We’ve seen it all before in the long-forgotten days of print journalism. One minute you’re reading a story about a great new restaurant in a newspaper or city magazine and then you turn the page and, oh-my-gosh, there’s an advertisement from the very same restaurant. What a coincidence! Publishers have struggled with paid “journalism” since the beginning of (publishing) time. Mostly they’ve accommodated it. Some even specialize in it. The purest form is the most unabashed, such as those magazines and glossy hardcovers you discover in your hotel room. You learn to suspect that “Bob’s World-Famous Steakhouse” may be world-famous only because they named it so and because they advertise it as such to the ill-informed and the unsuspecting visitor. This practice is generally called “pay for play”. (When the publisher discloses the financial relationship it’s then clearly noted as “advertorial” or just as “advertisement”.)

Well, Nick Denton, proprietor of Gawker Media, has updated the practice for the online world.

gawker

According to a report at the reputable Nieman Journalism Lab, Gawker has internally re-introduced the practice of paying bonuses to writers based on pageviews.

Nieman quotes from an internal memo to staffers from Denton:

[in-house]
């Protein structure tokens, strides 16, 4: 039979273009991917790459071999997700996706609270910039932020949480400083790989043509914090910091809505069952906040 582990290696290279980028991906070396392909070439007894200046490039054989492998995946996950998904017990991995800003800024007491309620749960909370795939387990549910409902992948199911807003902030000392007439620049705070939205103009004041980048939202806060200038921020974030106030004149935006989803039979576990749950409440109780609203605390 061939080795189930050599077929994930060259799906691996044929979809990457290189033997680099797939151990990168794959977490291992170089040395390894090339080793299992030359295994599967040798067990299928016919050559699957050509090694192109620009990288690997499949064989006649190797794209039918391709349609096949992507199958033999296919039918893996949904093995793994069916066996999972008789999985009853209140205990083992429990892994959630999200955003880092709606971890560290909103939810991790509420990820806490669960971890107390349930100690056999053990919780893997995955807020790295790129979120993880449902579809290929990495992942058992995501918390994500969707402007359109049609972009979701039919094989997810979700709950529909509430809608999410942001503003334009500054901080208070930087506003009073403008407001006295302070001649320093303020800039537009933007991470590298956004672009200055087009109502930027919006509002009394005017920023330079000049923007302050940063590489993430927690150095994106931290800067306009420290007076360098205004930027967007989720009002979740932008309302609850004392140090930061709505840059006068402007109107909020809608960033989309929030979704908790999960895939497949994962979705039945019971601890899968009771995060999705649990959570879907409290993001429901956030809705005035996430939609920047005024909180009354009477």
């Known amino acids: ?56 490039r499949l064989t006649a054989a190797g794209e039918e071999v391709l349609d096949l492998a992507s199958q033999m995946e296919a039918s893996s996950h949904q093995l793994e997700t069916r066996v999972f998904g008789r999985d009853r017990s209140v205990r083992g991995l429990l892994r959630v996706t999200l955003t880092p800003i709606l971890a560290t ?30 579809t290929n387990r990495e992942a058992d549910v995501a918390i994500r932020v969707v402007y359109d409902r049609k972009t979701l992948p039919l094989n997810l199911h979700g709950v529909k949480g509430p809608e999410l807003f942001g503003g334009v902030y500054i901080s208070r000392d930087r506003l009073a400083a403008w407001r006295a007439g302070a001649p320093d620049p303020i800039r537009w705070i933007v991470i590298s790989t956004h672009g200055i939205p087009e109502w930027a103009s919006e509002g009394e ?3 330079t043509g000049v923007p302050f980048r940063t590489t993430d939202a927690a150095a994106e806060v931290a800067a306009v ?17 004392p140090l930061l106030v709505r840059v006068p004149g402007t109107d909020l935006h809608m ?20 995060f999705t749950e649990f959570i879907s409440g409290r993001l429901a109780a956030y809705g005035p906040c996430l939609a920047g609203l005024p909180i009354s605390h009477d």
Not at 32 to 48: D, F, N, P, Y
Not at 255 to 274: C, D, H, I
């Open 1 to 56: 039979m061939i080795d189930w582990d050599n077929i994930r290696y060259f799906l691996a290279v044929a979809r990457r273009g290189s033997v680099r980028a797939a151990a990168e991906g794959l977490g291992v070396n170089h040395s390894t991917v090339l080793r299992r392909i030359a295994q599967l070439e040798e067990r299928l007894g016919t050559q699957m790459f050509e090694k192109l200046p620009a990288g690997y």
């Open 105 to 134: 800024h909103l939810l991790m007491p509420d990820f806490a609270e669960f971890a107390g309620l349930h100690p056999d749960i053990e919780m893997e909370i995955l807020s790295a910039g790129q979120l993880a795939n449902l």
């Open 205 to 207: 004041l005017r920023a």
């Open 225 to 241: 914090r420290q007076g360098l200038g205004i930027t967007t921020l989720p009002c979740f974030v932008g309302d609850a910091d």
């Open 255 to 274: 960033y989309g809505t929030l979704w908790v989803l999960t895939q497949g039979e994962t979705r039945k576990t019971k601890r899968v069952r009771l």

Each writer on a site will have a (pretty demanding) individual pageview target…That target will be proportional to a writer’s base compensation. i.e. the more your monthly pay, the more people you’re expected to reach. If you go 10% over target, you get a 10% bump in pay. The target will rise as the traffic of the site as a whole increases. Your site’s editor-in-chief will be in touch to discuss the details later this week.

Gawker also follows the practice of the sleaziest tabloid newspapers by paying for photos and video that can generate pageviews. This is a version of another much-maligned practice known as “checkbook journalism” (defined by Dictionary.com as “the practice of paying for a news story or an interview, or for exclusive broadcasting or publishing rights”). Gawker has no shame, and posts the policy publicly, offering “$5.00 for every thousand views, with payment made to the charity or liquor store of your choice.”